This week marks the sixth anniversary of the No More Ransom project, an initiative aimed at helping victims of ransomware.
Operating as an online platform to help anyone who is experiencing problems after their system has been infected by some kind of ransomware, No More Ransom was formed as a joint venture between law enforcement (Europol and the Dutch National Police ) along with IT security companies (Kaspersky and McAfee).
According to reported by Bleeping Computer, when it started, the program only supplied a total of four ransomware decryptors. However, since its release in 2016, that number has ballooned to over 100 free decryption tools that can help combat numerous strains of ransomware.
“Six years later, No More Ransom offers 136 free tools for 165 ransomware variants, including Gandcrab, REvil/Sodinokibi, Maze/Egregor/Sekhmet, and more,” Europol said in a press release.
In total, No More Ransom has enabled more than 10 million people to successfully decrypt their infected files via free decryptors. Without access to such tools, the only remaining option would be to pay the cybercriminals behind the ransomware who are using innocent people’s files as leverage for a payday.
And that payday is substantial, to say the least. As No More Ransom entered its fifth anniversary last year, it was revealed that the initiative “prevented criminals from earning almost a billion euros through ransomware attacks.”
The premise of No More Ransom is simple but effective. Its Crypto Sheriff tool uploads two encrypted files along with the ransomware note, after which it tries to match them through a database of tools that can provide a solution. Once a match has been established, a compatible ransomware decryptor will be shared with the victim. Here, a detailed set of instructions within a manual can help the individual to unlock the files from it.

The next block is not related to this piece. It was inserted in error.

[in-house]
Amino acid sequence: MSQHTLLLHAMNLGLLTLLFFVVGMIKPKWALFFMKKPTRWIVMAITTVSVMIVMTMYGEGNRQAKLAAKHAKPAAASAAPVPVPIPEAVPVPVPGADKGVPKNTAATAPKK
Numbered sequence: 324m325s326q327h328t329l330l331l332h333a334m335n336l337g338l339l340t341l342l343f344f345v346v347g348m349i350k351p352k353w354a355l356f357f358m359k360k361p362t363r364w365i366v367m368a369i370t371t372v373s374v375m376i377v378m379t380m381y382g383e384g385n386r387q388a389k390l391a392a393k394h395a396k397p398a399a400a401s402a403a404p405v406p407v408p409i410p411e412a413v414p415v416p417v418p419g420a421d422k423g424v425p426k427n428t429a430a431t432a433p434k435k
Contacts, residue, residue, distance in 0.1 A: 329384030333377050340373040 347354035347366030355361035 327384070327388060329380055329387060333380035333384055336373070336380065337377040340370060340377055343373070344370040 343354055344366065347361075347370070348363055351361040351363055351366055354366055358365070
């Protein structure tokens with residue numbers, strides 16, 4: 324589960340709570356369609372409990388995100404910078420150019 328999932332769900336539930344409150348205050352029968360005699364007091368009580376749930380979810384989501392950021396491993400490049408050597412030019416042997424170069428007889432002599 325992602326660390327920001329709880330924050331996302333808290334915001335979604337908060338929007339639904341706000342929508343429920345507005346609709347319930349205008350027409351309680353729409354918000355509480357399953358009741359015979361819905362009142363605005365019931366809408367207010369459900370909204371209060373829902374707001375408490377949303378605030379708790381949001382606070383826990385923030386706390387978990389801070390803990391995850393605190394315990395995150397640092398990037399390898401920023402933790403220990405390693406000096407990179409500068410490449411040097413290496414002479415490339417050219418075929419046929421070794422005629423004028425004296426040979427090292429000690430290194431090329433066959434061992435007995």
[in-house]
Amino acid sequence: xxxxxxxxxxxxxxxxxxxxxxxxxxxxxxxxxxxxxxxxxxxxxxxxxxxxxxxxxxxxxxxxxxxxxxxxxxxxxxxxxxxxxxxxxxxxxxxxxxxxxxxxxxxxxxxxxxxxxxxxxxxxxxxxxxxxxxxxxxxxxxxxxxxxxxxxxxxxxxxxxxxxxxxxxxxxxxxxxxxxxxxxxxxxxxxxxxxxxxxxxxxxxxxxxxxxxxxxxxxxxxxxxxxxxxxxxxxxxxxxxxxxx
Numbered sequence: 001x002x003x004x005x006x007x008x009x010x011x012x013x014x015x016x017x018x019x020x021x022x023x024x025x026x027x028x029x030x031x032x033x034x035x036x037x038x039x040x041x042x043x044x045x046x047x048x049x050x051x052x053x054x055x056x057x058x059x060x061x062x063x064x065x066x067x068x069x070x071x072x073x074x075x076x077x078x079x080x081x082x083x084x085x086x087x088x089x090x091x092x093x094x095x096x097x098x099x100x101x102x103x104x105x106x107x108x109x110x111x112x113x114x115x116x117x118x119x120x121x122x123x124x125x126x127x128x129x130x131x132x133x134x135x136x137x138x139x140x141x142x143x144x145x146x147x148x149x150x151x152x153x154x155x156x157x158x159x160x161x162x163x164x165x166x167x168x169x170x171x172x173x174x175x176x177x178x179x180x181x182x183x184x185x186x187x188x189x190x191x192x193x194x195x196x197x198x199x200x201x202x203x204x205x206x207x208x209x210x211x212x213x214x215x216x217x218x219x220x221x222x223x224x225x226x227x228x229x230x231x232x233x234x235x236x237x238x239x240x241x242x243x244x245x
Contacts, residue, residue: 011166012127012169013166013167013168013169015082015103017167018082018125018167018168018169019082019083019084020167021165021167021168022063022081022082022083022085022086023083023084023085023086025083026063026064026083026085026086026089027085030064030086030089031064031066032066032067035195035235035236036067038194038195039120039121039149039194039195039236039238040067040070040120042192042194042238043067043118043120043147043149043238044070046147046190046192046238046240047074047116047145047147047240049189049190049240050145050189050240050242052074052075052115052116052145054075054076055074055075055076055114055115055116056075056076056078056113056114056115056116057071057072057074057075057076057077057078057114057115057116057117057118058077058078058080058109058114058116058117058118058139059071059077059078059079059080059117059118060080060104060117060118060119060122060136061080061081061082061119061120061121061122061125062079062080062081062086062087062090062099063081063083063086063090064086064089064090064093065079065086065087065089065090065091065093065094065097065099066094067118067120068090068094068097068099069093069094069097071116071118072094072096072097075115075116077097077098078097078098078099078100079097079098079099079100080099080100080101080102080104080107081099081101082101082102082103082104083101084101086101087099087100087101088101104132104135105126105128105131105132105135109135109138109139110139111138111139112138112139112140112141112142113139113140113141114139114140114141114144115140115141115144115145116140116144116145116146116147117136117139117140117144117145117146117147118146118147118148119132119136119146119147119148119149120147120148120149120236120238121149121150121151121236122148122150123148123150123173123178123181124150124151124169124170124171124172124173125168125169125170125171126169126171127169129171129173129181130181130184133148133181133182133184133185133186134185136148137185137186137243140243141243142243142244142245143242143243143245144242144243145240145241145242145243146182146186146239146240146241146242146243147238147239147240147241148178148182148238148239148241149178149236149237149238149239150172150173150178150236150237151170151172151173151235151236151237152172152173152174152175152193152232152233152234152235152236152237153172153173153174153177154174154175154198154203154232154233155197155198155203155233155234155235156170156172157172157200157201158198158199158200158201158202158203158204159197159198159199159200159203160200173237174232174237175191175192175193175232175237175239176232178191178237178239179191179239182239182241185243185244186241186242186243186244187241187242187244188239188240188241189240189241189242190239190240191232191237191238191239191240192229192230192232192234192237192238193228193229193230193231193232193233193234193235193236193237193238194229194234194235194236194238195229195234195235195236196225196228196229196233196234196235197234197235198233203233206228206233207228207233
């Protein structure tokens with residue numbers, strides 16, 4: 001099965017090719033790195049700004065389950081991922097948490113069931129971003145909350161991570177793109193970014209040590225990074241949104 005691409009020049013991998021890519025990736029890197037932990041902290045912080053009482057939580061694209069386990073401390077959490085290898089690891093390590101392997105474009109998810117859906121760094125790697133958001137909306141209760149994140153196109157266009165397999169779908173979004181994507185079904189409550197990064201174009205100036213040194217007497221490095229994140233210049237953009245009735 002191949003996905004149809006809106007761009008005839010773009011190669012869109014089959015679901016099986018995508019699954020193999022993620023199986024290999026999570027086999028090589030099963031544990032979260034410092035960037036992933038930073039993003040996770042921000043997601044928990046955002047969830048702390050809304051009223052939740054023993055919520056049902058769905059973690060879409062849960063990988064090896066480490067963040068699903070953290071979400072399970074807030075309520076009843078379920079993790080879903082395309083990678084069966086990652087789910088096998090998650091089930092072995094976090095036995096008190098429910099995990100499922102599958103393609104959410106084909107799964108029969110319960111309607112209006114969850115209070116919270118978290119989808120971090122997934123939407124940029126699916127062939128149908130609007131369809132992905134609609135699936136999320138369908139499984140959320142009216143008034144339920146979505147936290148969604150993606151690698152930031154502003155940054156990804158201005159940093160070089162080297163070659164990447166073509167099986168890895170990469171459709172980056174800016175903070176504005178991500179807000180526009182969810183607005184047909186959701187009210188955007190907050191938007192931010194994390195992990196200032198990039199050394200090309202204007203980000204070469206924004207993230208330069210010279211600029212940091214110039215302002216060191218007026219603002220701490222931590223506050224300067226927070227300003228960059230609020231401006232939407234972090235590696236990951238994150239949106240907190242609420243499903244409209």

Alternatively, if the search fails to locate a suitable decryptor, victims will be encouraged to regularly check again due to the frequency of unlocking tools being added to the system.
While programs like No More Ransom are helpful in combating the ever-increasing threat of ransomware, the groups behind the malware that holds files and folders hostage are not sitting idly by.
Security firm Kaspersky has noted how ransomware gangs are now evolving their “cross-platform capabilities” as well as “updated business processes.”
“If last year we said that ransomware is flourishing, this year it is in full bloom,” the company stated. Elsewhere, throughout 2021, ransomware resulted in the extraction of $49.2 million from victims. And that number is only attributed to publicly disclosed incidents, who knows what the overall figure amounts to.